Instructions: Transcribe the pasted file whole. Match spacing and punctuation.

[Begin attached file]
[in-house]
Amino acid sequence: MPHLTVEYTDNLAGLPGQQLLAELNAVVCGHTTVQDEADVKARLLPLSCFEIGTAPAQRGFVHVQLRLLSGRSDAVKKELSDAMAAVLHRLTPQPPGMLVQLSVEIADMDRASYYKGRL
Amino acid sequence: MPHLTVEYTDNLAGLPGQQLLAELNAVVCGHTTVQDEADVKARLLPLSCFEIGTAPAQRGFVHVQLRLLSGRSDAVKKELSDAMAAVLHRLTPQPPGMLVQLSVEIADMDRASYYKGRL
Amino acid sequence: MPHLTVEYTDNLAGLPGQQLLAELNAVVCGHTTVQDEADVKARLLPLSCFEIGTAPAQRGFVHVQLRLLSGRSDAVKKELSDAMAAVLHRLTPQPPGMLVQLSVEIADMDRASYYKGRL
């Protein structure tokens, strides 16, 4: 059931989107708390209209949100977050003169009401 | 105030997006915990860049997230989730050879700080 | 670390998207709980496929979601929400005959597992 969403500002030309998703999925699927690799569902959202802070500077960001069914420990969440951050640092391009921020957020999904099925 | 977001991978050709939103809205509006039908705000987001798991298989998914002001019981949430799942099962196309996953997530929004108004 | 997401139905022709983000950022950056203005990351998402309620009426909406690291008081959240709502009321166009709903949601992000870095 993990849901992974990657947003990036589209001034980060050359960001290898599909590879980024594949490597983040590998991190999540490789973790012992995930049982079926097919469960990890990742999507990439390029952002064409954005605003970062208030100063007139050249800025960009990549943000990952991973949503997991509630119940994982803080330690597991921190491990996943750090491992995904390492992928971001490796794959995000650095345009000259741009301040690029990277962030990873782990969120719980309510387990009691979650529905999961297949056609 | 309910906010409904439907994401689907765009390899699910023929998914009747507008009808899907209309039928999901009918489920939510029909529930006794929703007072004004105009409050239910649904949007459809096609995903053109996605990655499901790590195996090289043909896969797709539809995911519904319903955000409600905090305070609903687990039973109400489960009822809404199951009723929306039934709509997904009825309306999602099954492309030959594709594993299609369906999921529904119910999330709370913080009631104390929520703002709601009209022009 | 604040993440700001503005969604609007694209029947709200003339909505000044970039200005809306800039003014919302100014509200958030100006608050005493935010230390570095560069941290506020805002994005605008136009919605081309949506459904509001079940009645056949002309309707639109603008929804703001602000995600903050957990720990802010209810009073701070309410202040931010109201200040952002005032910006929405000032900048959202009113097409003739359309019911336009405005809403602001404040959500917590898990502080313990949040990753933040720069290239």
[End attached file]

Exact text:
[in-house]
Amino acid sequence: MPHLTVEYTDNLAGLPGQQLLAELNAVVCGHTTVQDEADVKARLLPLSCFEIGTAPAQRGFVHVQLRLLSGRSDAVKKELSDAMAAVLHRLTPQPPGMLVQLSVEIADMDRASYYKGRL
Amino acid sequence: MPHLTVEYTDNLAGLPGQQLLAELNAVVCGHTTVQDEADVKARLLPLSCFEIGTAPAQRGFVHVQLRLLSGRSDAVKKELSDAMAAVLHRLTPQPPGMLVQLSVEIADMDRASYYKGRL
Amino acid sequence: MPHLTVEYTDNLAGLPGQQLLAELNAVVCGHTTVQDEADVKARLLPLSCFEIGTAPAQRGFVHVQLRLLSGRSDAVKKELSDAMAAVLHRLTPQPPGMLVQLSVEIADMDRASYYKGRL
């Protein structure tokens, strides 16, 4: 059931989107708390209209949100977050003169009401 | 105030997006915990860049997230989730050879700080 | 670390998207709980496929979601929400005959597992 969403500002030309998703999925699927690799569902959202802070500077960001069914420990969440951050640092391009921020957020999904099925 | 977001991978050709939103809205509006039908705000987001798991298989998914002001019981949430799942099962196309996953997530929004108004 | 997401139905022709983000950022950056203005990351998402309620009426909406690291008081959240709502009321166009709903949601992000870095 993990849901992974990657947003990036589209001034980060050359960001290898599909590879980024594949490597983040590998991190999540490789973790012992995930049982079926097919469960990890990742999507990439390029952002064409954005605003970062208030100063007139050249800025960009990549943000990952991973949503997991509630119940994982803080330690597991921190491990996943750090491992995904390492992928971001490796794959995000650095345009000259741009301040690029990277962030990873782990969120719980309510387990009691979650529905999961297949056609 | 309910906010409904439907994401689907765009390899699910023929998914009747507008009808899907209309039928999901009918489920939510029909529930006794929703007072004004105009409050239910649904949007459809096609995903053109996605990655499901790590195996090289043909896969797709539809995911519904319903955000409600905090305070609903687990039973109400489960009822809404199951009723929306039934709509997904009825309306999602099954492309030959594709594993299609369906999921529904119910999330709370913080009631104390929520703002709601009209022009 | 604040993440700001503005969604609007694209029947709200003339909505000044970039200005809306800039003014919302100014509200958030100006608050005493935010230390570095560069941290506020805002994005605008136009919605081309949506459904509001079940009645056949002309309707639109603008929804703001602000995600903050957990720990802010209810009073701070309410202040931010109201200040952002005032910006929405000032900048959202009113097409003739359309019911336009405005809403602001404040959500917590898990502080313990949040990753933040720069290239």